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No More 80% Buy To Let Mortgages

So let's do the math. I know you guys would love to know the figures on this one.


The initial plan was as follows:

Purchase Price: £189,000

Stamp Duty: £6,950

Legal Fees: £5,000

Refurbishment: £30,000

Total spend: £230,950

Now I was expecting a valuation amount of £325,000 and an 80% LTV (loan to value) mortgage.

£325,000 x 80% = £260,000 end mortgage after works are finished

On this basis I would have got back all of my initial spend plus an extra £29,050 cash in my pocket. This would also be tax free cash as it's a loan on a remortgage and not a profit on a capital gain.

Now if you do not use your own money and instead bring in an investor or bridge lender then you will need to factor their costs into your expenses. Bridging is expensive but it could allow you to use absolutely none of your own money.

The rate, or profit share that you agree will depend on your lender and your negotiation skills but on a deal like this you can easily expect £25,000.

So, if you did bring in a funder, then you could be giving away most of the cash that you pulled out. But you would still have £4,050 and its cost you absolutely £0 of your own money. Not bad for a bit of finger pointing, right?

But wait... don't forget about the equity still in the property. If I got it valued at £325,000 and took out a loan amount of £260,000 (80% LTV) then the difference between the value (£325,000) and the loan amount (£260,000) is your equity which stays in the property until you sell it. And the plan is, that this figure increases over the years.

If I add £65,000 to the £29,050 that I pulled out tax free it would give me £94,050. Minus a pay out in interest or profit share to my investor/funder.

This deal has made me £94,050 plus any future increase in value.

Why would you bring in an investor or lender? Because you can't buy everything and my systems and network means that I get offered more deals than I can buy, so why not spread the love.

And this is the typical type of deal that I do. Day in and day out.

But guess what? It didn't go according to plan. Which can happen when it comes to investing. Property investing has its risks, even for someone like me, and the problem that I got hit with on this one was Covid.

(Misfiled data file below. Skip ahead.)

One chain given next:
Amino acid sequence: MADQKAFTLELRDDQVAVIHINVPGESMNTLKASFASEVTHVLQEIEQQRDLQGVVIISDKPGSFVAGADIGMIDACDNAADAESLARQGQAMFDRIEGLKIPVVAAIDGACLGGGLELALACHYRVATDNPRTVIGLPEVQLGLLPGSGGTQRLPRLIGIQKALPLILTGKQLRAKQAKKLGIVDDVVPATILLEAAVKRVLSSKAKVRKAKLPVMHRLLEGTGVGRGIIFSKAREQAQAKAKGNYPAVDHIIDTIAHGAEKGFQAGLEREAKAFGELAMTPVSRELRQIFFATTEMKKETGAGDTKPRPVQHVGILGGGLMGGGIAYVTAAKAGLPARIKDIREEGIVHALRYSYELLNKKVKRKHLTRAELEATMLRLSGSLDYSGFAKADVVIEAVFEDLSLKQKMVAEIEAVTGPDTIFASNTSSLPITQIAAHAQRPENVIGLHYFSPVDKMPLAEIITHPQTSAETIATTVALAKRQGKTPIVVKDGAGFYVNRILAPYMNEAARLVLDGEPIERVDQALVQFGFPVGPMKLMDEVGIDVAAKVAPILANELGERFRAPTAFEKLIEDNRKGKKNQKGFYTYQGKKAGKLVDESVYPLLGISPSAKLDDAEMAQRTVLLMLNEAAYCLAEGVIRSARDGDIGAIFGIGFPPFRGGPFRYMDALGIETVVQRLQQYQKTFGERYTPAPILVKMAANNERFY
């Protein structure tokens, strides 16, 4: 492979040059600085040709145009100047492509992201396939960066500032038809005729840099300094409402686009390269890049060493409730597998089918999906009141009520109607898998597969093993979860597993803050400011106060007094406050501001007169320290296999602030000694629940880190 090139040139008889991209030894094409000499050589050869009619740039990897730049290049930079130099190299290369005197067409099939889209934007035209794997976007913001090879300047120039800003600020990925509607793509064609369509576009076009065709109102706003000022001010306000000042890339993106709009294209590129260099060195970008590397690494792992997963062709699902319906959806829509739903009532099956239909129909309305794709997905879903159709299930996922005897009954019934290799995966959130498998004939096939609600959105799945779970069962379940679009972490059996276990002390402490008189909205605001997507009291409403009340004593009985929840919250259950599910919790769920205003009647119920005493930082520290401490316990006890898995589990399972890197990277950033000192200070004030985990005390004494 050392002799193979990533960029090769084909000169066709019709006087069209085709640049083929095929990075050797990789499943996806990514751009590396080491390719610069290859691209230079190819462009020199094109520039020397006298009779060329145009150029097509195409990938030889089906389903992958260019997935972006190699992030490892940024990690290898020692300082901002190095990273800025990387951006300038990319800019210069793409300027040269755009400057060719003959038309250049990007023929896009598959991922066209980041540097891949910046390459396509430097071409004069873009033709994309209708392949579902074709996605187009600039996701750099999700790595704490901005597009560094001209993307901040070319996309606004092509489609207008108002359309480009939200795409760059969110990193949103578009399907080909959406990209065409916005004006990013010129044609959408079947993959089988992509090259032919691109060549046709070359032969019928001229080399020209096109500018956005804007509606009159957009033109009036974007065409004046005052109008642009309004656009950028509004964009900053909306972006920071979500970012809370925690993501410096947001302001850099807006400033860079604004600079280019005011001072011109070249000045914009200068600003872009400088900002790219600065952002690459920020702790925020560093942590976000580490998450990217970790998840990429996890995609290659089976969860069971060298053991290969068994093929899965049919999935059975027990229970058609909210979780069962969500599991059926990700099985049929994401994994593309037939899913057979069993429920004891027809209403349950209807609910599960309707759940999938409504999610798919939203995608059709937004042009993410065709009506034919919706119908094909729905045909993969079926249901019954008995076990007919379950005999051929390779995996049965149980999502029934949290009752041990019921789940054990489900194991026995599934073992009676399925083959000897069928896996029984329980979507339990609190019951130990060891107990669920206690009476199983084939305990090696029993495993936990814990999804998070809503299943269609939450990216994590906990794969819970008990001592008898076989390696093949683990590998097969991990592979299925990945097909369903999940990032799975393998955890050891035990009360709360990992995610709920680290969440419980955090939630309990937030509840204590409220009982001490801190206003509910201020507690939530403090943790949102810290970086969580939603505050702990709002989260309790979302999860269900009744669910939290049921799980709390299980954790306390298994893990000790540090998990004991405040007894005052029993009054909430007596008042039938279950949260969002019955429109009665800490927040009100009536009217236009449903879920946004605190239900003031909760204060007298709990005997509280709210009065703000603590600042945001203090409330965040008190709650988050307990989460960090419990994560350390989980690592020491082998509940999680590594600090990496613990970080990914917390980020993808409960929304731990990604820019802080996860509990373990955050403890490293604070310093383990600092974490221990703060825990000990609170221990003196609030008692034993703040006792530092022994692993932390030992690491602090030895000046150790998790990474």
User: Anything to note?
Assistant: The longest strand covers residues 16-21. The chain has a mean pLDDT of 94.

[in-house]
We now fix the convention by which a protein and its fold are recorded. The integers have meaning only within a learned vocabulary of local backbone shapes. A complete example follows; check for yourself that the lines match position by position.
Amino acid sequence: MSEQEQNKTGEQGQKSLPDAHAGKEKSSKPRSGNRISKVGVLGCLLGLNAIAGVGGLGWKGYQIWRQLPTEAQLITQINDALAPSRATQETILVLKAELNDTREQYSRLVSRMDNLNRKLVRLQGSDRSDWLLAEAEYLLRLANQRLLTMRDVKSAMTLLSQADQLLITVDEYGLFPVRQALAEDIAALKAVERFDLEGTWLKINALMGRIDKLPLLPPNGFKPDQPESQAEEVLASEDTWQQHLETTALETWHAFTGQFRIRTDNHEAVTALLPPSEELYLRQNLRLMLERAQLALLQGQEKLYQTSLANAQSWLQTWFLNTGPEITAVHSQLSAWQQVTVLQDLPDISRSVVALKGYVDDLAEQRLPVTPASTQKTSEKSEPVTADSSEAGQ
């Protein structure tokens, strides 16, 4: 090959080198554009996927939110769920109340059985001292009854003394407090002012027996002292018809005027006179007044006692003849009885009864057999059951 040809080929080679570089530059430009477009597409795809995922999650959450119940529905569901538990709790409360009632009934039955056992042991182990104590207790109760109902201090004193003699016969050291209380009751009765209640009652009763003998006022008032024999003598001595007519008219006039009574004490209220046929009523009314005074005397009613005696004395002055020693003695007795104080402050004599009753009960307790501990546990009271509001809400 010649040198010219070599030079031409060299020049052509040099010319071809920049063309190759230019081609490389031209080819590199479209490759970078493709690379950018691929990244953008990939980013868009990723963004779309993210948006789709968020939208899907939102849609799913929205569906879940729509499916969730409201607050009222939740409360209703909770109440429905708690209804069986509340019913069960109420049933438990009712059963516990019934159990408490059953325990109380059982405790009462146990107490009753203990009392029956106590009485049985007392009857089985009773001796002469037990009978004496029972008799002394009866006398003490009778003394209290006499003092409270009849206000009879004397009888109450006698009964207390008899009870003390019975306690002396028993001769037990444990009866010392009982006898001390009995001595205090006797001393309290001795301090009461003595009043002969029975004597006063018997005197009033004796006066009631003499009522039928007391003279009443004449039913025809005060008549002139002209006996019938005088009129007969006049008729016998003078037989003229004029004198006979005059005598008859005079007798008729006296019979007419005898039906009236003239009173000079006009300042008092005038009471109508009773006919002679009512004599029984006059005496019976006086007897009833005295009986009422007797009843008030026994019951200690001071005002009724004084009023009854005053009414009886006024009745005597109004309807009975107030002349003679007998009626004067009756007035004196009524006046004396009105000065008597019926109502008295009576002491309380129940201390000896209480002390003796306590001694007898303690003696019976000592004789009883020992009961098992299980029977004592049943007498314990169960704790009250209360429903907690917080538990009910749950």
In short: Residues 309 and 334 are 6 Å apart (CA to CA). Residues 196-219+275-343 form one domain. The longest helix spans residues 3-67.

But i'm not the only one in this boat, everyone in the world has been hit somehow. Some people are losing their jobs, their businesses and their homes, so I shouldn't complain too much, but here's what happened to me.


So firstly, the surveyor down valued it. He came back at £315,000. Considering market conditions and the way that surveyors operate it’s not that surprising. But if you do a certain quality of refurb, dress the property a certain way, and have it generating the amount of income to justify the value, then you are eliminating the reasons that a surveyor could use to disagree with your end value.

So, with a value of £315,000, that decreases my loan amount to £252,000. So I pull out £8,000 less. That's not the end of the world. But it doesn't stop there. Due to the pandemic lenders have withdrawn all 80% products and are only lending 75% of the surveyors value.

£315,000 x 75% = £236,250

So, £236,250 - £230,950 = £5,300 cash in my pocket, tax free

What a big fat kick in the Goolies. But you don't lose all of that money. It just stays in the property. So, although the amount of cash you pull out drops, your equity increases.

£315,000 - £236,250 = £78,750

So, my actual profit was £78,750 + £5,300 = £84,050

And there my friends, you have it...

It really is as simple as that.

Buy, refurbish, refinance, rent, repeat

Or BRRRR as those Property Gurus out there like to call it 🤣🤣🤣

Get as much of your initial spend back out of the deal on the remortgage and go again.

Did I invent this system? NO!

Am I rinsing the arse out of it? YES!


But what about the rent? How much does this make on a monthly basis.

Ok, are you ready? here goes...

So, I got a mortgage rate of 3.5% on an interest only mortgage.

£236,250 x 3.5% = £8,268.75 Divided by 12 months = £8,268.75 / 12 = £689.06

The rent on this should be £1,200 which would have given me a monthly profit of £510.93 but as this is the other side of London from my office I’ve given it to a company that I use who offers a guaranteed rent service and they are paying me £1,075 per month rent. But this means no headache and no void periods. (empty periods)

£1,075 (rent payment) - £689.06 (mortgage payment) = £385.94 (monthly profit before other expenses) with minimal headaches


So, all we need to talk about now is capital appreciation. How much is this property set to increase by over the next 10 years? But I’ve hit you with a lot today. Let's save those numbers for another day.

Should I be pleased with this? Let me know in the comments.


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